Differences in Sexual Behavior in Men and Women

What is sexual behavior? There’s been a recent survey in the United States, on “Which would you prefer: a successful purchase of clothes or a stunning sex?” which gave the following results: women preferred a purchase at 46%, and sex at 41%; men preferred a purchase at 14%, and sex – at 76%. This already gives us a certain perspective on the difference in human sexual behavior.

Psychologists say that women are “moderately conservative” in relation to casual sex, and men are “moderately tolerant.” The data collected in 177 studies on a sample of 130,000 people showed that casual sex is much more acceptable for men. The origins of these differences lie both in the biological specificity of men and women, and in the difference in their social roles. As a result, men and women hardly understand each other. Sexual behavior in the human male may not be ever properly understood by some females. Many of them may consider it as a sort of a deviant sexual behavior. Normal sexual behavior of men could come across as more aggressive and lustful.

This misunderstanding goes through three stages. At the first, falling on childhood, boys have the illusion that girls are the same boys who for some reason prefer dolls to games of war, are more tearful and do not know how to urinate while standing. At the second stage, which largely coincides with the period of puberty, girls appear to teenage boys as mysterious creatures, who are afraid to approach, but to which they are attracted by a mysterious force. A similar misunderstanding exists in girls. Only in the third stage, young males begin to realize that their girlfriends are also made of flesh and blood and can also find pleasure from sex, they only do it differently. Some men take several years to go through this stage. Be sure to visit the following website to meet russian girls right now!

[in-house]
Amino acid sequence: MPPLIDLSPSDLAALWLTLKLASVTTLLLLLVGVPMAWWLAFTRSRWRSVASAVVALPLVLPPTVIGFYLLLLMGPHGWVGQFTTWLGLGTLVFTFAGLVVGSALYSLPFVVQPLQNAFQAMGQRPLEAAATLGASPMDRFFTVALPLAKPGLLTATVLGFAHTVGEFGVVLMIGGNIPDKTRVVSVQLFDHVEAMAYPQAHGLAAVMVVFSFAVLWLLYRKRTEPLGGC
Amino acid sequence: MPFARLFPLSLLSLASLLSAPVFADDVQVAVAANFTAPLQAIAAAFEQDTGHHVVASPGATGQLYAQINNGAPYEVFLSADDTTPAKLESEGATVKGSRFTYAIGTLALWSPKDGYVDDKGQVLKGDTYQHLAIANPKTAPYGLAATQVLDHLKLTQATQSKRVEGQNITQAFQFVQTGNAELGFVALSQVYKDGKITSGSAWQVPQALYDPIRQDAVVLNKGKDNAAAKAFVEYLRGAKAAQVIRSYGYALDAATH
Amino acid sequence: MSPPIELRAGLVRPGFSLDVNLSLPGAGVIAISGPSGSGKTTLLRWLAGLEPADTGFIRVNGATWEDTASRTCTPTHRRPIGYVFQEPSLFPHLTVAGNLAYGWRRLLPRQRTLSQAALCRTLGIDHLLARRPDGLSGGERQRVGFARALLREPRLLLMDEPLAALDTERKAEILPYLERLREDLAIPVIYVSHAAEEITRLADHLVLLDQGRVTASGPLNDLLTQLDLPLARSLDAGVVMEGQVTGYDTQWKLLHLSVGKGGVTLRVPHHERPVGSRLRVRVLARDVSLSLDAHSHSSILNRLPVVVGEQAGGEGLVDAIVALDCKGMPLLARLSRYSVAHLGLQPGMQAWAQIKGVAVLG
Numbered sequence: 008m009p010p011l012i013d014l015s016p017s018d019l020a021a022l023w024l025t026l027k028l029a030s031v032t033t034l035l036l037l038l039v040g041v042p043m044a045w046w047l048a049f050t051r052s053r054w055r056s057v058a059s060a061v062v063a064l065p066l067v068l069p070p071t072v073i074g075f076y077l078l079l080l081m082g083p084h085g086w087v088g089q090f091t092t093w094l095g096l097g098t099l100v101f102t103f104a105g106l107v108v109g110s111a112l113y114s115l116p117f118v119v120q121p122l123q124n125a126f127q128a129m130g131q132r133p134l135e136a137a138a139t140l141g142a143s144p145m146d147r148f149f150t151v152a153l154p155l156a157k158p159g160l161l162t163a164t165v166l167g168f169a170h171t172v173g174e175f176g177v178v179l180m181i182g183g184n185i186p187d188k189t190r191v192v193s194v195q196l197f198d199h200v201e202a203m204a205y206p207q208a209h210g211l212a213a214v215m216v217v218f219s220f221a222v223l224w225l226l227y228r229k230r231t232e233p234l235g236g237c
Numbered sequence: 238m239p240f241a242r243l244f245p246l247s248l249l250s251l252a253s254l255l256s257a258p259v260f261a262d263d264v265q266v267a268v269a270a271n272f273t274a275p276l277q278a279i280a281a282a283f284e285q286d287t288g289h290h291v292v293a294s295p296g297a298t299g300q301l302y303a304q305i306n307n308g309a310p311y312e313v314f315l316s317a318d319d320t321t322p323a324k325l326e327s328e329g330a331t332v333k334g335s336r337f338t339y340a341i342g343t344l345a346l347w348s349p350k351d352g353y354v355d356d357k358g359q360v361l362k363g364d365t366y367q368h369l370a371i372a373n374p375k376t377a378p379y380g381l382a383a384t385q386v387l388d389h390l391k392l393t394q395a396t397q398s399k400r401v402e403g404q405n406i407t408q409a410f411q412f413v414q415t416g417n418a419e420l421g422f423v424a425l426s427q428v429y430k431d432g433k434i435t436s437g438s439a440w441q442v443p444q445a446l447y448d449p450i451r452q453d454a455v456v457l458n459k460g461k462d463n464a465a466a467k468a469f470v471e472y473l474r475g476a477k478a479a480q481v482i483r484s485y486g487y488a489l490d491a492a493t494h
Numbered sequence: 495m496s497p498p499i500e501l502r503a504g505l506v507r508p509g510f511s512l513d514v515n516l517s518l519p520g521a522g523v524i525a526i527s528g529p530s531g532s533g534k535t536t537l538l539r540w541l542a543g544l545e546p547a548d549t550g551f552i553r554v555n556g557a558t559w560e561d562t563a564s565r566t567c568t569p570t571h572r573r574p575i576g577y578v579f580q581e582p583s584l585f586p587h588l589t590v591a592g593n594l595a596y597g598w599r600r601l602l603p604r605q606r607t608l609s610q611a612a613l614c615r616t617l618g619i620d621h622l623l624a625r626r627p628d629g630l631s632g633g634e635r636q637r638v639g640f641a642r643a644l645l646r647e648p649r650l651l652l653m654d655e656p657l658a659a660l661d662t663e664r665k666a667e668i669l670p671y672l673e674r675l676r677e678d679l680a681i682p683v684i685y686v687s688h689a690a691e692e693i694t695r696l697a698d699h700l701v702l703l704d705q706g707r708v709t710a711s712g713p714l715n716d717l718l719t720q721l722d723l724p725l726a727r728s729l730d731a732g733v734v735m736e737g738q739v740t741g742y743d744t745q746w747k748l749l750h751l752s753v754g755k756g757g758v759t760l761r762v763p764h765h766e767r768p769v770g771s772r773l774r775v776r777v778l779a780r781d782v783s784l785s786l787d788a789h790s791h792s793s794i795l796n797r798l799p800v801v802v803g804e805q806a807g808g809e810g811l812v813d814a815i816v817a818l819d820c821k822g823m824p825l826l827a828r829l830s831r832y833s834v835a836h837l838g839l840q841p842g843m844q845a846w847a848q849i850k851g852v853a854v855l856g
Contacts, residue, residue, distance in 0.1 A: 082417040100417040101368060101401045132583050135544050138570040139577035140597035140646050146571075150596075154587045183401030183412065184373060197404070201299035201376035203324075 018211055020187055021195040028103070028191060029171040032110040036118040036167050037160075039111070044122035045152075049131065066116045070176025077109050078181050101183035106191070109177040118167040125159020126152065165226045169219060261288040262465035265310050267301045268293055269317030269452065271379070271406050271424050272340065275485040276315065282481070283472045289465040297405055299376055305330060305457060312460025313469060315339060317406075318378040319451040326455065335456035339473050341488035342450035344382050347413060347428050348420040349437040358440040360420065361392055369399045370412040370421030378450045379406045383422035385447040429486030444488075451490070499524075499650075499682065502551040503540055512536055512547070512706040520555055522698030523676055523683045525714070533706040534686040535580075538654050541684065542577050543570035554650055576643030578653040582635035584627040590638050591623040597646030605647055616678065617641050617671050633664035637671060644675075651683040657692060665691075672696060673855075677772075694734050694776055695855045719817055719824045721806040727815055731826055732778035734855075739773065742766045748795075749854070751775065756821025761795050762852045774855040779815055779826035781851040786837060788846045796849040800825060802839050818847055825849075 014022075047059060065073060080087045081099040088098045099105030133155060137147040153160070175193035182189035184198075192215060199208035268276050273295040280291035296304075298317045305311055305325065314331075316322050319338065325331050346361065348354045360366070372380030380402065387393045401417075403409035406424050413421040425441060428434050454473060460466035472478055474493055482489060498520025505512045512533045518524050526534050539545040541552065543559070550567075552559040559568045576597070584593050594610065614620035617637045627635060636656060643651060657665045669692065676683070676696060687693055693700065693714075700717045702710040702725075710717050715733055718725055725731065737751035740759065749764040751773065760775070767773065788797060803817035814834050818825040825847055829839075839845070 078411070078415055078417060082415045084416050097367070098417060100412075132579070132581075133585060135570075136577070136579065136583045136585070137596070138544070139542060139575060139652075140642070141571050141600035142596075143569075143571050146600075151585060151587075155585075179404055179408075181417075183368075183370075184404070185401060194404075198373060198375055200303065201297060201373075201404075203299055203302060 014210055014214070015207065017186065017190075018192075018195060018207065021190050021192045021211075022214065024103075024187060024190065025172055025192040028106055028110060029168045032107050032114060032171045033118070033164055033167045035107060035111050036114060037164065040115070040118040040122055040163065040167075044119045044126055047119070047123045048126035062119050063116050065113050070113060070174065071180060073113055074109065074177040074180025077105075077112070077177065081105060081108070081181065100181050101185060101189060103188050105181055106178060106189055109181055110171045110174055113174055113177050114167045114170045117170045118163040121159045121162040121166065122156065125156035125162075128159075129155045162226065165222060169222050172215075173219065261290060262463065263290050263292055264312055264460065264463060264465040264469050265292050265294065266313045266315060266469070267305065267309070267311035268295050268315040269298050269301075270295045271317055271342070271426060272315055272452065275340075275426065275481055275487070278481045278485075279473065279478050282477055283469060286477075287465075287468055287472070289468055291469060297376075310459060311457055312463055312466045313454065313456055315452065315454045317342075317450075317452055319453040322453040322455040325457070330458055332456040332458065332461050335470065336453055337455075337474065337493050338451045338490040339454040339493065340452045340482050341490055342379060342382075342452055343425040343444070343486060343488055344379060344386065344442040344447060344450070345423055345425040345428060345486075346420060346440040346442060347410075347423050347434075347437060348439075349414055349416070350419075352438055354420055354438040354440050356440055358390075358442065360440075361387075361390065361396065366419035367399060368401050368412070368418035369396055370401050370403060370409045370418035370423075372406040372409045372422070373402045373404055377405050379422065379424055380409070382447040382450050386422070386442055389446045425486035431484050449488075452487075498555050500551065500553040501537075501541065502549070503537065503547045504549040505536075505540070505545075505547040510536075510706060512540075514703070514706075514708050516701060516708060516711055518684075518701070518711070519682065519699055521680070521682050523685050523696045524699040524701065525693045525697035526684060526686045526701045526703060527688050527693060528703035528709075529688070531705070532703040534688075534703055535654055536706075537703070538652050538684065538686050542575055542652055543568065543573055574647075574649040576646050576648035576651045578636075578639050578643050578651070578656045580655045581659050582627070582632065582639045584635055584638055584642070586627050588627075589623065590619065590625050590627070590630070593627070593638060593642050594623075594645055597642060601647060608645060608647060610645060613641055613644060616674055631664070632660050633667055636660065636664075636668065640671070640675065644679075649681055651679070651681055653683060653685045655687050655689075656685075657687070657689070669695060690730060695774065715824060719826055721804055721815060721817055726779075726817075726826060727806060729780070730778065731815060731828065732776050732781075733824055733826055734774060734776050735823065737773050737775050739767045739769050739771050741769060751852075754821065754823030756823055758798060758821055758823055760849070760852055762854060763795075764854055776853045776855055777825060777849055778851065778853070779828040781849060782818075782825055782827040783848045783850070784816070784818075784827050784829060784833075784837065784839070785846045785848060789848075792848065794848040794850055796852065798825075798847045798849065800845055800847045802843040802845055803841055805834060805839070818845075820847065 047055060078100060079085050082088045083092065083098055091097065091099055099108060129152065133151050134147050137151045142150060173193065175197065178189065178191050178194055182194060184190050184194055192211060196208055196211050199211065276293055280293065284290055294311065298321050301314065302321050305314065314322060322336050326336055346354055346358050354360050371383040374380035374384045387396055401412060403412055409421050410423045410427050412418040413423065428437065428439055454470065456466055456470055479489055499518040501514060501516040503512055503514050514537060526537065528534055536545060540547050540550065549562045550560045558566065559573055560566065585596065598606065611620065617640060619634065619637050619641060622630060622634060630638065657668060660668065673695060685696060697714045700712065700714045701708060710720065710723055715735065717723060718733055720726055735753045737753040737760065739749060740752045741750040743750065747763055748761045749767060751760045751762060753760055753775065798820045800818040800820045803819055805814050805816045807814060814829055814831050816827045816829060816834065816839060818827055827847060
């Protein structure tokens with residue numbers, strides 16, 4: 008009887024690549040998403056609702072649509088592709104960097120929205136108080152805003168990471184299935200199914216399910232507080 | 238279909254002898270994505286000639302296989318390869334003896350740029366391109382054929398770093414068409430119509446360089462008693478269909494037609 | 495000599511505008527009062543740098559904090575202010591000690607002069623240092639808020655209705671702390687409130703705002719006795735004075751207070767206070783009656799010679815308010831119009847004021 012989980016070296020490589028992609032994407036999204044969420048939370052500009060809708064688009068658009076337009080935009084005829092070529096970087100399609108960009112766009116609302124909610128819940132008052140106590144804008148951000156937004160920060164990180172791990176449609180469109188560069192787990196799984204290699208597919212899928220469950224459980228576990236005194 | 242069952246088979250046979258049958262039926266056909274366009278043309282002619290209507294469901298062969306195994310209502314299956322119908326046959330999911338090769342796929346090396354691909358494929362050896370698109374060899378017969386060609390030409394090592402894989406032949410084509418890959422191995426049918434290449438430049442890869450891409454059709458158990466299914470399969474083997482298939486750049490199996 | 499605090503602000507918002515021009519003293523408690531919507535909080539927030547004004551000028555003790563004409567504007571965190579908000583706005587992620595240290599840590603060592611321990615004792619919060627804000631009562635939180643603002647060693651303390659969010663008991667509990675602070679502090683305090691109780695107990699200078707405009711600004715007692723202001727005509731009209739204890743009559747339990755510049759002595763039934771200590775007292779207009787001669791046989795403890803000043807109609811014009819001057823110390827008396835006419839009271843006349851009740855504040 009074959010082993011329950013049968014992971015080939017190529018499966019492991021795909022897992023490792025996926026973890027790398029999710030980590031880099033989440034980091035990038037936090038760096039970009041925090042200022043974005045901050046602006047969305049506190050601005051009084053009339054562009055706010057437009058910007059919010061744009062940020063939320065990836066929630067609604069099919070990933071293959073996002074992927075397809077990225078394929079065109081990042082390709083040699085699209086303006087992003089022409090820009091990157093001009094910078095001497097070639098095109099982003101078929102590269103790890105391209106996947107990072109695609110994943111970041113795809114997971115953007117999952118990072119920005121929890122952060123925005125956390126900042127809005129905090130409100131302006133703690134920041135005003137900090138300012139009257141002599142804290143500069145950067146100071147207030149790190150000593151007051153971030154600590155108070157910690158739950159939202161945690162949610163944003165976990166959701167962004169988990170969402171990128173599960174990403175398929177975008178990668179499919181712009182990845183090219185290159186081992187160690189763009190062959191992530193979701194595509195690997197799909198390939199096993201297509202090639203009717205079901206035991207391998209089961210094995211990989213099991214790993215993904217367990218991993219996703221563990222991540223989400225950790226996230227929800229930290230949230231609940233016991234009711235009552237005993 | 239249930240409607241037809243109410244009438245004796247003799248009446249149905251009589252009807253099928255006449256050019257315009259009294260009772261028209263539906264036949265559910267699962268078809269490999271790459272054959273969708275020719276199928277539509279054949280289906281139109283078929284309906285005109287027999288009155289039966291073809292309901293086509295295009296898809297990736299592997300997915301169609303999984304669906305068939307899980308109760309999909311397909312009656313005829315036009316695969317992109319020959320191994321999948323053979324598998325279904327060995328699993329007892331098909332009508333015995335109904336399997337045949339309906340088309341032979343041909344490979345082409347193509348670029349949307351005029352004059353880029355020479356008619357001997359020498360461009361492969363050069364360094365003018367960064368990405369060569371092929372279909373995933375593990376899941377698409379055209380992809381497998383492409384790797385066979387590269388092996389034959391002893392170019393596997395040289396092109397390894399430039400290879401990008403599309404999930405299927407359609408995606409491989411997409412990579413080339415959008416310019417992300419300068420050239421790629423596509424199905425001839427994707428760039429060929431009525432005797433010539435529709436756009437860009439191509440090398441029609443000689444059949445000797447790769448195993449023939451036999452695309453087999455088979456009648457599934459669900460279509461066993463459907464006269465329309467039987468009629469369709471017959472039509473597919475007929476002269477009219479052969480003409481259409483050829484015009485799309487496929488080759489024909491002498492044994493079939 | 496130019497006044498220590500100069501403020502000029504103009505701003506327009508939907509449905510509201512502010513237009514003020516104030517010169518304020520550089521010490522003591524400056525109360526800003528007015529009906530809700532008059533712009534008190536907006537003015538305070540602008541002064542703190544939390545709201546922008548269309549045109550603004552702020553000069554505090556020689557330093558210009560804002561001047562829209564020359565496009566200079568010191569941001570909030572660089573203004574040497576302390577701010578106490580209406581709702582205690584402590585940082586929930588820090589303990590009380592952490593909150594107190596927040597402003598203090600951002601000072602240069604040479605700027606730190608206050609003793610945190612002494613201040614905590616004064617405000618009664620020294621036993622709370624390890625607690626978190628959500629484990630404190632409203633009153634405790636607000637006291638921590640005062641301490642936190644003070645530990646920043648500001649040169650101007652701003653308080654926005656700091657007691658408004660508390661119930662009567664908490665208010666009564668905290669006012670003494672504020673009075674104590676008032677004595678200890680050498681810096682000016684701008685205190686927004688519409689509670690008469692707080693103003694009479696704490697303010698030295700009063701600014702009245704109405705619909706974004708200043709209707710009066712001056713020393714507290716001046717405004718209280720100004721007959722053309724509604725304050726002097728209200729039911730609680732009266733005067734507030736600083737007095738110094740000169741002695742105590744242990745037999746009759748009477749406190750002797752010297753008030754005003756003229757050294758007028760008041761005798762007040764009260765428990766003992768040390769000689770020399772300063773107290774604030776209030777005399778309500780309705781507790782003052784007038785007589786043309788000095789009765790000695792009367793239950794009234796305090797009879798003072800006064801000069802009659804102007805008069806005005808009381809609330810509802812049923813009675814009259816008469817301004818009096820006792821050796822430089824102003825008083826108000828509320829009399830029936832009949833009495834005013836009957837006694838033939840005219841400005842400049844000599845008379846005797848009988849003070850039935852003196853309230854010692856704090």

The German psychologist Wilhelm Jonen writes that men, especially young, often have an inadequate, “divided” perception of women: they perceive them either as harlots or as saints. In this case, it is very difficult for them to combine these two ideas in the face of the particular woman with whom they are dealing. Some young men bow to their lovers, carefully hiding their carnal and, as it seems to them, “indecent” desires, while others, on the contrary, try to seem deliberately rude and sexy. Such views have their origins in medieval religious views on women, who appeared either as Madonna or Witches. The first, positive image was endowed with purity, innocence, aversion to sexuality, and the second was a temptation, “lust”. In psychoanalytic teachings there was also an ambivalent attitude towards a woman: as a mother and as a sexual partner. Stefan Zweig described this duality of attitude towards a woman: “… The Creator of this world, when he made men, clearly distorted something in them; therefore, they always demand from women the opposite of what they are offering: if a woman easily surrenders to them, men instead of gratitude assure that they can only love innocence with pure love. And if a woman wants to observe innocence, they only think about how to snatch the treasure carefully kept from her. And they never find peace, for the contradictory nature of their desires requires an eternal struggle between flesh and spirit.”

Neglecting the sexual characteristics of women by men often leads to disharmony in sexual relations. Thus, a study of American sexual reactions indicates that in married couples, men regularly achieve physical satisfaction, while women do not. One study cites the figures that 70% of women surveyed do not experience orgasm during traditional coitus. Women see the reason for disharmony in the fact that men are too in a hurry, rude and inconsiderate, that they are not able to understand the erotic and romantic meaning of gentle, slow arousal. The attitude to sex is also influenced by the culture to which a man and a woman belong. If in European Christian culture sexual intercourse is carefully hidden, in Ancient China it was customary to engage in other things during intercourse, even state ones. In the X-XVIII centuries, sex in the open was widely practiced when several couples making love talk to each other and to passers-by, and the maids read poems to their lovers, treat them to drinks. The presence of a stranger is typical for Japanese erotic painting.

People are different, cultures are different, yet the most important thing, in all of it, is to learn to understand others, have empathy, and all will be well.

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